Open Source is Ceasing to be Cool

Dr Mark Tarver, 2016

This essay is a lightly edited transcript of a series of posts I made to the Shen news group in the middle of 2015.  They highlighted the failure of the open source initiative in the project, analysed the reasons and suggested a successful formula for moving the project forward.  The posts led to the formation of the much more dynamic closed source Shen Professional.  The lessons here are widely applicable to many open source projects and developers may find the material interesting.

Evaluating the Open Source Initiative

I said that I would give the open source initiative 6 months from BSD day (February 2015)before passing judgment; but the 6 months is now well up. So it's time to look at what has been achieved and what lessons are to be learned.  Stay focused; what follows is important.

Six months have passed since BSD day and it is time to take stock of achievements. In that time the OS initiative has accomplished bugger all. Am I surprised? No. But even my admittedly low expectations were surpassed by the non-performance of this approach. I hope that we're not going to follow the Maoists of the period of the Great Leap Forward - who could not accept that their unworkable ideas did not work and resorted to show trials of people to explain their failure.

Also I hope that people are not going to try to save this discredited ideology from being led to the scaffold. Take heart, I am in fact only executing a corpse in what I am going to say in the next messages.

If there is a value in this period, and it can be a very substantial one, it is seeing why ideas fail, which can point to the right direction. We are going to take the red pill. But before moving forward, the whole open source strategy must be deconstructed.

Now I will warn you that in the next paragraphs open source is going to be shredded. Why am I doing this? Just to exercise an itch? No.  In Taoism when you embark on energy cultivation (qigong) you don't just put the new energy on top of what is already there; the old stale, bad qi needs to be cleaned out. Think of having to paint over a surface with lumpy old paint; you sand down the surface first and then apply the new paint otherwise your new paint job is screwed by the old one. So systematically I'm going to remove some myths and clean out the bad stuff.

Myth #1 Mindshare = Success

Defining mindshare as popular support on chat sites and having lots of users is an OS idea of success. If you define 'success' as such and that is your goal, then 'mindshare is success' is a tautology. But if you've graduated beyond this desire and you have other ideas of success - for example livelihood - then this is one myth that needs to be busted.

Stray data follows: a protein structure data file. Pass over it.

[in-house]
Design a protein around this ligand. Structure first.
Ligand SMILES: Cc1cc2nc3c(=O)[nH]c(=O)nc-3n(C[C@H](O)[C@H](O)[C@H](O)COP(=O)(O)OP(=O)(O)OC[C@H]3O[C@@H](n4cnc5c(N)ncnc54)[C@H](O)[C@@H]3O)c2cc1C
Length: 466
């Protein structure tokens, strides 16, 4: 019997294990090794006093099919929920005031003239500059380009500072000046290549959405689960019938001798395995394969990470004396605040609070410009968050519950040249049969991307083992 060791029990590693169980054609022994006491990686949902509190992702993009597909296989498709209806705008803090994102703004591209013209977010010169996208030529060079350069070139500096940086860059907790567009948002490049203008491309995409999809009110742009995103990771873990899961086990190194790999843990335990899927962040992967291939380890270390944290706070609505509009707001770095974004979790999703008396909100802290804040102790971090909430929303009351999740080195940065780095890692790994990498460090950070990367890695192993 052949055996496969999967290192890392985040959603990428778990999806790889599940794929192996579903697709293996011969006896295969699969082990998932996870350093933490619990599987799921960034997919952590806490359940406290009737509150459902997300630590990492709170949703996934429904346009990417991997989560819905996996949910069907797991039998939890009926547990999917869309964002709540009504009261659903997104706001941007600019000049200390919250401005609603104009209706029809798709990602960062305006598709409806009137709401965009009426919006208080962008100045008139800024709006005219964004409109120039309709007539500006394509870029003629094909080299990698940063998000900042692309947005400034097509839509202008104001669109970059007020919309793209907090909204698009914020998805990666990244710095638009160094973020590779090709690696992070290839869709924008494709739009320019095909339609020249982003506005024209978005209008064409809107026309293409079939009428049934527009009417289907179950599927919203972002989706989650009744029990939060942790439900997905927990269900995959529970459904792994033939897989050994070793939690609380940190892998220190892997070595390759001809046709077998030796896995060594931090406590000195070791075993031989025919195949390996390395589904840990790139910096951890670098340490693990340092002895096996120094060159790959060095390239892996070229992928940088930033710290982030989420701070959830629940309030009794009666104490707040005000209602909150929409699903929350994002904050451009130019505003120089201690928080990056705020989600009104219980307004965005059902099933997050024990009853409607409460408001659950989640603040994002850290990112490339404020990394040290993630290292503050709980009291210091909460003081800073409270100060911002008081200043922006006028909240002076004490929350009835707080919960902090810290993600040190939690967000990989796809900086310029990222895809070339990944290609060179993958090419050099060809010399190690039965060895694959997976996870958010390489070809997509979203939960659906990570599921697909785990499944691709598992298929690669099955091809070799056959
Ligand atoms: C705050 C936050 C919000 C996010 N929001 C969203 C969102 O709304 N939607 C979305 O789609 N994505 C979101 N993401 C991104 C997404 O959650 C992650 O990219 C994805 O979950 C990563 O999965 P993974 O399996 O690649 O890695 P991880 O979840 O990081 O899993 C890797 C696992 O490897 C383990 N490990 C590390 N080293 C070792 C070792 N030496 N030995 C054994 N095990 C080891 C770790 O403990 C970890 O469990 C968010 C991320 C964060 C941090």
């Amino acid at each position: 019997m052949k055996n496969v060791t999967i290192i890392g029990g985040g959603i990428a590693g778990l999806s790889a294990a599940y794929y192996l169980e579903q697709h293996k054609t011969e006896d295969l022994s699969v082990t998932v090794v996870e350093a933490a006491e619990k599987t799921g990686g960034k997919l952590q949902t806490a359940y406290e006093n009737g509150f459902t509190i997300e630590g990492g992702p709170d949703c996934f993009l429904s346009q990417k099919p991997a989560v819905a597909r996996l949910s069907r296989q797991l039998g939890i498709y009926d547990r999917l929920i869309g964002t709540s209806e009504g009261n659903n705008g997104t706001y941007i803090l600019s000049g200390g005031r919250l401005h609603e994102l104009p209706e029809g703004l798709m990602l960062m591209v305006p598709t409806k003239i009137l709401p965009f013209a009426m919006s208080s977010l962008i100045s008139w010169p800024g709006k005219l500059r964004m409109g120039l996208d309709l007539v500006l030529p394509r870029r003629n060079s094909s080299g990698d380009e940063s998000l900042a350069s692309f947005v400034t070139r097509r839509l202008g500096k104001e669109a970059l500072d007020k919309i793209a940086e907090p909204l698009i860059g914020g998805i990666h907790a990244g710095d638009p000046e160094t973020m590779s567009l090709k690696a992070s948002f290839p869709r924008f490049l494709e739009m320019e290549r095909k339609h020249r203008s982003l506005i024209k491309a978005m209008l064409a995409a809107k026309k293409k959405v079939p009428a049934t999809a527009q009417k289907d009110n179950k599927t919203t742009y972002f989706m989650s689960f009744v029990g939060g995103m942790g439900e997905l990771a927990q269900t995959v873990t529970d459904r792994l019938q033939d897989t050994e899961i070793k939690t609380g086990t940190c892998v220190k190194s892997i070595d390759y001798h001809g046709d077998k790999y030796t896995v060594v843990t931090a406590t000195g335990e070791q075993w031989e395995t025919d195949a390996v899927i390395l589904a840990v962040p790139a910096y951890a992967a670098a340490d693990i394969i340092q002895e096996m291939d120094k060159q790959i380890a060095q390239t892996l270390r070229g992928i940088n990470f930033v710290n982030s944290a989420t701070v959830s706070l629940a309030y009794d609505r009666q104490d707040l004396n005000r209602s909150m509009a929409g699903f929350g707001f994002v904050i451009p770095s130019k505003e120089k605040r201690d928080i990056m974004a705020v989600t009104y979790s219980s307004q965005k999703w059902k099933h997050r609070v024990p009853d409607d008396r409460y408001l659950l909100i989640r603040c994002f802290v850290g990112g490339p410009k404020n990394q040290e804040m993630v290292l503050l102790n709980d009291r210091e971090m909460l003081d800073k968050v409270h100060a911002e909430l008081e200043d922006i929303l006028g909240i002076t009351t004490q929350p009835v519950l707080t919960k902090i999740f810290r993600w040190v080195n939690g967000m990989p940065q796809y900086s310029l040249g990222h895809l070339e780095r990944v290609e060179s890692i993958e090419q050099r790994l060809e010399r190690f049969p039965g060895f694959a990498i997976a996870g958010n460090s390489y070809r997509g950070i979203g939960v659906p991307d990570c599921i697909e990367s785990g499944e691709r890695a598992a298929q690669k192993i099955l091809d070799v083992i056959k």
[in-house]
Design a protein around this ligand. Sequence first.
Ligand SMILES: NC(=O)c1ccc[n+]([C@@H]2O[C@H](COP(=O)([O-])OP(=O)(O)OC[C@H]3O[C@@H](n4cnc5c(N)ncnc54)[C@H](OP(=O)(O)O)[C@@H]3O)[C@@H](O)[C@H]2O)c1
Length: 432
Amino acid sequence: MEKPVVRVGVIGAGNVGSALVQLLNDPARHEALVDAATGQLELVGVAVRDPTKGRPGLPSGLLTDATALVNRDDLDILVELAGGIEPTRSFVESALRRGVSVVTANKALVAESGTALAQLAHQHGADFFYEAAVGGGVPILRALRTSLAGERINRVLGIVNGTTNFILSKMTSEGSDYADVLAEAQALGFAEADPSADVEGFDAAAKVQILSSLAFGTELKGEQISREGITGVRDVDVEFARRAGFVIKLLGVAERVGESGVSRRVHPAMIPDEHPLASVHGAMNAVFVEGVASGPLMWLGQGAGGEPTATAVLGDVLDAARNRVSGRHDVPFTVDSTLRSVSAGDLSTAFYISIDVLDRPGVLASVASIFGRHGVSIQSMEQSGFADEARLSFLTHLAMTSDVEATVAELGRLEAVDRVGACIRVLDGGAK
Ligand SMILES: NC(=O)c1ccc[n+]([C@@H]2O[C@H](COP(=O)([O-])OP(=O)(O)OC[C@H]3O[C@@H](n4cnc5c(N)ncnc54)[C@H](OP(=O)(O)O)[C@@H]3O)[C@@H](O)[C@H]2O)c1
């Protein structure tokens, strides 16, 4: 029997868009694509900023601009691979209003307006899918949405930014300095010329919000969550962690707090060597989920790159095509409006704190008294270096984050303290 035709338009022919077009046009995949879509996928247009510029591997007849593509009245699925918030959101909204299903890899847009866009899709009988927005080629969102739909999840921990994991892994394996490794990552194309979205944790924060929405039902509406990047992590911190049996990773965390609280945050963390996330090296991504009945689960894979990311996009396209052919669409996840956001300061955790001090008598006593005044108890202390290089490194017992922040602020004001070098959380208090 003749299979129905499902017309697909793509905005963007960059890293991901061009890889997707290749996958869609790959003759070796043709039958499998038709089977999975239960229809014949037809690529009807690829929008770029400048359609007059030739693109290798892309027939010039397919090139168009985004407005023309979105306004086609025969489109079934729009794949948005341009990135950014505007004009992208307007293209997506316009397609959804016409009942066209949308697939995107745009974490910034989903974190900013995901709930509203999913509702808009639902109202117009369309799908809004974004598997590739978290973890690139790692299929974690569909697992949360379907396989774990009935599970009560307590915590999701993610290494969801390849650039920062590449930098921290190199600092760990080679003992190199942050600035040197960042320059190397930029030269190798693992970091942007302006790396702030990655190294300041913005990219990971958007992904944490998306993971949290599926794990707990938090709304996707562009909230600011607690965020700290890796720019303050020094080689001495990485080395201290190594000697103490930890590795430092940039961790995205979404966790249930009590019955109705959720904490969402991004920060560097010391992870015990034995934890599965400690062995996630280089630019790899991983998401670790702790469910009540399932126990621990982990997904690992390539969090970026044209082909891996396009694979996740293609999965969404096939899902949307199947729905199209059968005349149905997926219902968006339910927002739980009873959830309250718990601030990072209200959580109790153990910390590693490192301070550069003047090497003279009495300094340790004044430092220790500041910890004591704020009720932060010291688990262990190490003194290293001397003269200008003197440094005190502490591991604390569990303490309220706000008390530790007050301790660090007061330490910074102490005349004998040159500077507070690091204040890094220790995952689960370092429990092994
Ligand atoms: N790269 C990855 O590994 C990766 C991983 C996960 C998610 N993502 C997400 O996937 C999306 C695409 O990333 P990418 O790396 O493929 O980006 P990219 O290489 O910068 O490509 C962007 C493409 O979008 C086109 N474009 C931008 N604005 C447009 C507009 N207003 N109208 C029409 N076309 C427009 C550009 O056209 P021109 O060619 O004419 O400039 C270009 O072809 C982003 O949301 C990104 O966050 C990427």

We know now that though giving people stuff for free and achieving traction is not at all synonymous with being economically successful. We know this because we now have examples of projects that got lots of freeloaders and still struggle for money - most notoriously OpenSSL, but also OpenBSD and many others less well known. We also know that in any project of significant size and complexity, money is needed on a regular basis to pay for the kind of professional development and support needed to deliver a really good product. This is the case with Shen.

The other problem in defining success as mindshare is that this creates an almost futureproof model for failure. I can think of nothing more likely to fuck your mind than going for mindshare. Why? Because simply the world is a very big place full of people with very small brains who can barely hold one idea at a time. The nature of things is that the chances of your idea conquering the world is slight. So if you're building mindshare into your success model you're building disappointment, heartbreak and abandonment into your success strategy.

There is a certain character you see in the West; the sort of girl who paints her nails, works at KFC and dreams of being selected for X-Factor because she sang karaoke at her friend's hen night. We laugh at this because we know that for her the chances of getting mindshare and being the next Beyonce are slight. Everyone can dream; but when the girl goes on to neglect her education and development because she's stuck on this dream, then something has gone very wrong in her head. The aspirations of the OS fanatic hooked on mindshare are often no more realistic than the neurotic checkout girl at KFC.